% .... of the supplied assignment paperwork
% A positive (+ sign) is for generated power,
% The negative (- sign) indicates load taken from the network.
% Per unit loading is used with a base loading taken at 100MVA

P2 = - 0.4; % p.u. active power loading


P3 = - 0.25; % p.u. active power loading
P4 = - 0.4; % p.u. active power loading
P5 = - 0.5; % p.u. active power loading

Q2 = - 0.2i; % p.u. reactive power loading


Q3 = - 0.15i; % p.u. reactive power loading
Q4 = - 0.2i; % p.u. reactive power loading
Q5 = - 0.2i; % p.u. reactive power loading

% The voltage at the generation busbar, node (1) is 1.0 p.u.


% This voltage is fixed and therefore determines the reference ....
% ... or SLACK BUSBAR must be Node(1)

% Z-MATRX SOLUTION
% The sub-matrix of the actual 5x5 network admittances (Y) ....
% but with the first row and column removed now needs to be obtained
% This sub-matrix is called Ysub and is easily derived from ....
% the network admittance matrix by using the following command

Ysub = Y(2:5,2:5);

% The inverse of this sub-matrix gives the required Z-matrix

34
Z = inv(Ysub);

% Some care needs to taken in respect of the Z-matrix suffixes


% This can now be rectified by adding a further ....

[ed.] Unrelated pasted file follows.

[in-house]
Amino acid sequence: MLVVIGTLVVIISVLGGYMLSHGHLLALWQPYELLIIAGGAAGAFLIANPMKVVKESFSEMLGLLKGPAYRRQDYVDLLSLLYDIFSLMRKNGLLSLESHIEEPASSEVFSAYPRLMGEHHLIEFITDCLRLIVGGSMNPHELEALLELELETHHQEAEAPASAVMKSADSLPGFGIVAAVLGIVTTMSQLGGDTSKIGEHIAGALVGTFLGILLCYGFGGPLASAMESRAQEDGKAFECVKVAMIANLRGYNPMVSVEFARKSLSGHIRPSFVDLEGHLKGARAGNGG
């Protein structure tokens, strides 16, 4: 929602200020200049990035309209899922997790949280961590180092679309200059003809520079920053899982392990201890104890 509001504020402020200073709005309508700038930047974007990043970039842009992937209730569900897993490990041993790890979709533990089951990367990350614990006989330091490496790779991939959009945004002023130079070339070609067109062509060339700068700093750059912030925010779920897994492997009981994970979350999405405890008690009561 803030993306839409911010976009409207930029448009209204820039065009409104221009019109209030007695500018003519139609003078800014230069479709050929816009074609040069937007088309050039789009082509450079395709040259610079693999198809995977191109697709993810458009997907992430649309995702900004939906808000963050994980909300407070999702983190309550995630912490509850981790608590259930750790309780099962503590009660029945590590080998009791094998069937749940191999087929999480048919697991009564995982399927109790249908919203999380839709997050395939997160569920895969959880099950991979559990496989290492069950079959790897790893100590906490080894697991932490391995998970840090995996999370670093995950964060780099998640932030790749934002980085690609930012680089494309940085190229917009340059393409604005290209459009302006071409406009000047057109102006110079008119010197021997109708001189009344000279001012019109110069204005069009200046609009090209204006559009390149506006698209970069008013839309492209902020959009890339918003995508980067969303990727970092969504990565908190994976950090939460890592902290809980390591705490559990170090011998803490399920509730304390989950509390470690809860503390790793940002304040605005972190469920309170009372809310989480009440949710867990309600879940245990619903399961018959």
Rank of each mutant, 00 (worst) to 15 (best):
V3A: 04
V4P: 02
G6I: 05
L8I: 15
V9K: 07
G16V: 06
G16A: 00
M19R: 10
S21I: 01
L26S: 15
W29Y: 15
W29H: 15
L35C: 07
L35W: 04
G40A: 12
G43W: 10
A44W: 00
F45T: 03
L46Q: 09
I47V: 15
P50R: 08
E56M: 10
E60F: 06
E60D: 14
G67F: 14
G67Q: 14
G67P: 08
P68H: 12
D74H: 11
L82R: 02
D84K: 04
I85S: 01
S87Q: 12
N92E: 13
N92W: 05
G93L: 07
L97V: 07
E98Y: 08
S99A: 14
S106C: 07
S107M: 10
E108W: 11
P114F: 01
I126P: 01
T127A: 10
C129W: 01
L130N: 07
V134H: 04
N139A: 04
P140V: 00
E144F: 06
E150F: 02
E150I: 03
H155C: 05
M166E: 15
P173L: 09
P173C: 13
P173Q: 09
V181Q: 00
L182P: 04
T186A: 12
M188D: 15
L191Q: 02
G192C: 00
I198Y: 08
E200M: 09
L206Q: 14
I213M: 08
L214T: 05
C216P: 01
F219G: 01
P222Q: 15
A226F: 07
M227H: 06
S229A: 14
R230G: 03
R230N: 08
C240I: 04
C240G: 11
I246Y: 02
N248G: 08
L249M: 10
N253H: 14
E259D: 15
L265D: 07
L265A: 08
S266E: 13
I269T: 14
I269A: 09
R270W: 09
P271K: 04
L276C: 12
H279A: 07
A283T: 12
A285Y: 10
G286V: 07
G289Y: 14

% row(1) and column(1) of zeros to the Z-matrix.
% Note the pime (') after the matrix is a transpose command
% Rows are changed columns and columns become rows

A = [0;0;0;0];
Z = [A Z];
B = [0;0;0;0;0];
Zt = [B Z'];

% Zt is the transpose of the Z-matrix with an added set of zeros


% for the first row and column
% A further transposition brings back the modified Z-matrix

Z = Zt';

% The number of iteration will need to be set


% Set the value of 'l' the chosen number of iterations
% l=40 will be used since this is the number in the JACOBI solution.

l = 40; % sets the number of iterations


m = l + 1; % allocates the space used to store each iteration
vector = [1:m]; % assigns a row with the appropriate spaces

row = ones(size(vector));

Vnode1 = row; % each node voltage has the required storage spaces
Vnode2 = row;
Vnode3 = row;
Vnode4 = row;
Vnode5 = row;

for n = 1:m

Vnode1(n) = 1.0 + 0.00i; % inserts the assumed initial node voltages


Vnode2(n) = 1.0 + 0.00i;
Vnode3(n) = 1.0 + 0.00i;
Vnode4(n) = 1.0 + 0.00i;
Vnode5(n) = 1.0 + 0.00i;

end

S2star = P2 - Q2; % conjugates of the specified node loadings


S3star = P3 - Q3;
S4star = P4 - Q4;
S5star = P5 - Q5;

% Now Proceed with the Z-MATRIX SOLUTION


% Following the same method as in the worked example
% Pages 28 and 29 of the assignment notes

% STEP 1.
% Obtain the values of the constant terms ....
% from the summation of Z(kj)Y(j1)V(1)

for n = 1 : m
Const2 = Z(2,2) * Y(2,1) * Vnode1(n) + Z(2,3) * Y(3,1) * Vnode1(n) + Z(2,4) *
Y(4,1) * Vnode1(n) + Z(2,5) * Y(5,1) * Vnode1(n);

35